San Martino scheme. They are all either too old or too young, and none of them, to my knowledge, has a grasp of English. But I could be wrong about this. Santino’s brother Adelio lives on his farm at Santa Lucia about 2 miles east of Tolentino and the younger brother Berrito lives on a pretty big farm in Southern Tuscany. He is also the agricultural mechanic for the area. The father, Ogortino, put me up for nearly 6 weeks over Christmas 1943 until I was chased out by the Fascists (as was George Harris (Wirral). We 2 were the only ones to survive the midnight raid on 11 January 1944 (my grandson’s birthday) so I never forget that date. I have about 17 new escape books about Italy – if there is a list you have of such books would you please send me one. You would find the “History of 150th Brigade in the Middle East” of interest, also the History of 44th RTR [Royal Tank Regiment] (our box). They should both be in the British Library in London. It’s been a real pleasure to establish links with you. Hoping to see you before long.
Yours truly (Ciao) Bill Gleave.
[digital page 5]
[Letter from Keith Killby to Bill Gleave]
24th June 1992
To-day two girls from Tolentino are coming to tea to say good-bye at the end of the month they have spent over here studying English from a bursary given to each of them by the Monte San Martino Trust.
Yesterday your letter of 20th arrived as I was about to go out. I put the letter part in my pocket and read it – with great Interest in the train to Eastbourne. I will reply to many points in a day or two but I am writing this letter immediately to get from you the surname of your family at Tolentino and the exact address. I tried to telephone you last night but Directory Enquiry could not help me.
In your letter you mention Santina and his brother Adelio who lives at Santa Lucia 2 miles East of Tolentino. But what are their surnames?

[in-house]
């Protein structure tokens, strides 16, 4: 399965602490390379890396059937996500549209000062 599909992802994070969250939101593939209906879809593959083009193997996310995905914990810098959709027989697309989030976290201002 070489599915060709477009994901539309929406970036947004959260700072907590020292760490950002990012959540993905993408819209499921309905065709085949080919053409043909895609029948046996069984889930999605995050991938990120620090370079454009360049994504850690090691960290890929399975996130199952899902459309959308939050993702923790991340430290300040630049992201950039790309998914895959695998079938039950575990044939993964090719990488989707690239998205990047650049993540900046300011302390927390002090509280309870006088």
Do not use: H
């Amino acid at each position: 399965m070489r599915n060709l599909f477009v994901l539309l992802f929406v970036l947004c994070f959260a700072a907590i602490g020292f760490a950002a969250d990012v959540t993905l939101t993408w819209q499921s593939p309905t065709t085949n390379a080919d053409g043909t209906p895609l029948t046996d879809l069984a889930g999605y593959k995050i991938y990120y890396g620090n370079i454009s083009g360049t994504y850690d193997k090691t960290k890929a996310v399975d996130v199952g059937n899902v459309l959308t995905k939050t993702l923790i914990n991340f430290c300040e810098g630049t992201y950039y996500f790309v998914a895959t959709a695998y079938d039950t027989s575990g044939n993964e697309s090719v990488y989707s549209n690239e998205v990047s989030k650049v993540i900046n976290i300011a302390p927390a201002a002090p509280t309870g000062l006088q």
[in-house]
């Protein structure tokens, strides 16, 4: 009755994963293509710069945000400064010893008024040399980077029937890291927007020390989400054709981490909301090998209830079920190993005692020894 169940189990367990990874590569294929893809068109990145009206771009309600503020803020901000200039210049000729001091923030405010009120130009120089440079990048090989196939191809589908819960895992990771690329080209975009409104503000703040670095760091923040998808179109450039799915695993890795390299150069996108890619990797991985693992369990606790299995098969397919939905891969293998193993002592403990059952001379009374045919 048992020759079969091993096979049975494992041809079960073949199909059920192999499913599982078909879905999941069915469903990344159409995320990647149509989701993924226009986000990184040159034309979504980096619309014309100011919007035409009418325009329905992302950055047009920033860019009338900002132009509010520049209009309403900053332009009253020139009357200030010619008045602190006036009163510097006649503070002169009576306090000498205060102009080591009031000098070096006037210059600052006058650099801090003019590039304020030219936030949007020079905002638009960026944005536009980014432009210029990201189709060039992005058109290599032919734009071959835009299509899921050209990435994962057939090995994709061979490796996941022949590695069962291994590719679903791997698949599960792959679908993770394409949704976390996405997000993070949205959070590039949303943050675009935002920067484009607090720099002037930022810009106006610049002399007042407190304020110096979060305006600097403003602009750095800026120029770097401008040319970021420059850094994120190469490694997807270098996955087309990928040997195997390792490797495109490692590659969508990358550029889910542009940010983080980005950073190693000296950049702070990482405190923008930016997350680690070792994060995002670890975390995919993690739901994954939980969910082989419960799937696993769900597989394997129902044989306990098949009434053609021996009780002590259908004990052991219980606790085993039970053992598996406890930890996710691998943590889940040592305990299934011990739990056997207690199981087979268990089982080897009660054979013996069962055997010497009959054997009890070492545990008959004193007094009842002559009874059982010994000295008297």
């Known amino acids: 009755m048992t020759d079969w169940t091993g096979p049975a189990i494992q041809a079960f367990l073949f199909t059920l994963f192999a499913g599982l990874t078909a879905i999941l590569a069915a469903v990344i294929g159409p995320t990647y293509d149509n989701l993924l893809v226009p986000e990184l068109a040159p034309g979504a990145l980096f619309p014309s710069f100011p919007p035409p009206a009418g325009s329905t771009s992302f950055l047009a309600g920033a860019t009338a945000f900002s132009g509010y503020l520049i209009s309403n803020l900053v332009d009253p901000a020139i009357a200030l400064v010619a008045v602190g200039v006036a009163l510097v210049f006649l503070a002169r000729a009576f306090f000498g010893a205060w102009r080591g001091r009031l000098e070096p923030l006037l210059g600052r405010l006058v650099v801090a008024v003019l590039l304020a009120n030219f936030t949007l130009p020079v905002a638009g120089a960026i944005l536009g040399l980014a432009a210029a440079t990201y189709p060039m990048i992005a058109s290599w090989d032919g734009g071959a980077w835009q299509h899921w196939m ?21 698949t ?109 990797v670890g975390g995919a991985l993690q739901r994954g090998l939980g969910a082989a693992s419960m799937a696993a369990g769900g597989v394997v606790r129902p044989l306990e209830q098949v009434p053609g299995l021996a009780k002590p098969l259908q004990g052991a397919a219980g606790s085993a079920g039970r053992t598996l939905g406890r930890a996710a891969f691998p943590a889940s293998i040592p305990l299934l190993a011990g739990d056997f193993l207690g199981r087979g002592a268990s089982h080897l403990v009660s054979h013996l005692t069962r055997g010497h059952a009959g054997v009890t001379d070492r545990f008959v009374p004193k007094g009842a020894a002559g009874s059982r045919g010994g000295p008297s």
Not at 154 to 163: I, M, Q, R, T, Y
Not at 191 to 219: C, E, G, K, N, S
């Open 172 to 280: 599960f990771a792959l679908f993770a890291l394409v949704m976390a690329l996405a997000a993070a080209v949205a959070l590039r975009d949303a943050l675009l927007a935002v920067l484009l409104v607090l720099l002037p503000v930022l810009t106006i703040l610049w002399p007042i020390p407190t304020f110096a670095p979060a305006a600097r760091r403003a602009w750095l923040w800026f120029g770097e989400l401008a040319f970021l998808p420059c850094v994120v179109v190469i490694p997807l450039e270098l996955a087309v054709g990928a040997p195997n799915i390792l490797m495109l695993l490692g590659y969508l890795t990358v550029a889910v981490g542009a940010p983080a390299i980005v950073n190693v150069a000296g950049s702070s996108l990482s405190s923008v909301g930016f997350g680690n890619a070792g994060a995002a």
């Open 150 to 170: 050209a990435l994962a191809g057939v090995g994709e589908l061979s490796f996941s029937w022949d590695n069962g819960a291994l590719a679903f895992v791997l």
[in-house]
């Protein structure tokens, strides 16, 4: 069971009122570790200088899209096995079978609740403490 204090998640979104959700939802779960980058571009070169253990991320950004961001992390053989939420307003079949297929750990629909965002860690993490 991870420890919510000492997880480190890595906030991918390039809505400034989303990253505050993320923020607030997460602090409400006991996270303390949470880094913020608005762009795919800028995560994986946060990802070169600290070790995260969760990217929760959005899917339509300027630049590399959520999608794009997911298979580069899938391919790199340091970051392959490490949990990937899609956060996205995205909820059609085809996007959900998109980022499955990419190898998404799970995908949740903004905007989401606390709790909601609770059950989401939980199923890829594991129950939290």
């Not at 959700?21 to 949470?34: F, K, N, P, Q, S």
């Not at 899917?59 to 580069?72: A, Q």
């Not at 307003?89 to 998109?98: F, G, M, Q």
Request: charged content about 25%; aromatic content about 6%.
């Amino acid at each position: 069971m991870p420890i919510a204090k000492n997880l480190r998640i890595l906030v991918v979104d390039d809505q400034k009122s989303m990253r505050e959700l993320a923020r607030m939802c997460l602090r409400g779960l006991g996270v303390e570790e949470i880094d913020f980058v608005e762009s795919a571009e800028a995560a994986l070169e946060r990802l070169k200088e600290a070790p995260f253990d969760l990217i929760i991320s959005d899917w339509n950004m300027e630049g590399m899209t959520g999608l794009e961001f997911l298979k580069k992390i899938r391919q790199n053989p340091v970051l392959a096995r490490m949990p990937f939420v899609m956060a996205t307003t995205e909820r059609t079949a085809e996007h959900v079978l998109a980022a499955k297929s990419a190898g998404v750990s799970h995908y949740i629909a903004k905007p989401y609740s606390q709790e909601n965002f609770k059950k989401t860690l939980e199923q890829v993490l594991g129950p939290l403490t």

If this arrives on Thursday morning could you put the full name and address of the two brothers. (Are they the original ones who helped you?) And post the names and addresses to me immediately. Or could you telephone me between 6 and 7 on Friday evening — I am away for the night on Thursday.
I will tell the girls this afternoon about you and show them your route to Tolentino and Post Cards – which I recognise. When there in April I met the girls and their mothers in the Cafe seen in the postcard with the Bell tower. The girls will I know if I ask them go and see the brothers and explain to them the Trust in case there are any young members of the family who would like to come another year. The girls leave early Saturday and so I must phone them Friday evening.
[Digital page 6]
Enclosed is the list of books which I hold which shows those which I am able to lend.
I would be very interested in seeing what is said about the 150 Brigade. Are you able to give me more information about the book so I can track it down.
I hold ‘The Story of the 50 Div’ by an Aubrey Hammond which was printed in the Middle East in 1942 or 1943 but its standard of accuracy is not high as it begins by saying that The two Ts stand for Trent and Tweed.
As soon as I get time I will try to go to the Imperial War Museum to read your account of your experiences and then I can ask Mr Robbins whether he will be returning it soon.
As I say I will write again in reply to much of your letter but if you can, could you get to me immediately the names of the family (or families) you know at Tolentino so that I may give them to the girls before they return.
[Digital page 7]
[Letter. To Keith Killby from Bill Gleave of Warrington]
2 July 1992
Many thanks for your letter which arrived this morning and its very interesting information. Firstly I will give you the information about the family at Divina Pastora (2 miles east of Tolentino) but on the south side of the River ?Cienti, which flowed past the back of Camp 53. We three of us (the other one was John ?Godson of London (he did live near Highbury football Ground) when I rung him up 7 or 8 years ago. John was in another farm house about ¼ mile east of George Harris and I. He was raided the same night as we were, in fact the Fascists woke him up in bed and he finished up in the coal mines in Germany. Also him and Andrew who lived in another farm house about 300 yards east of George.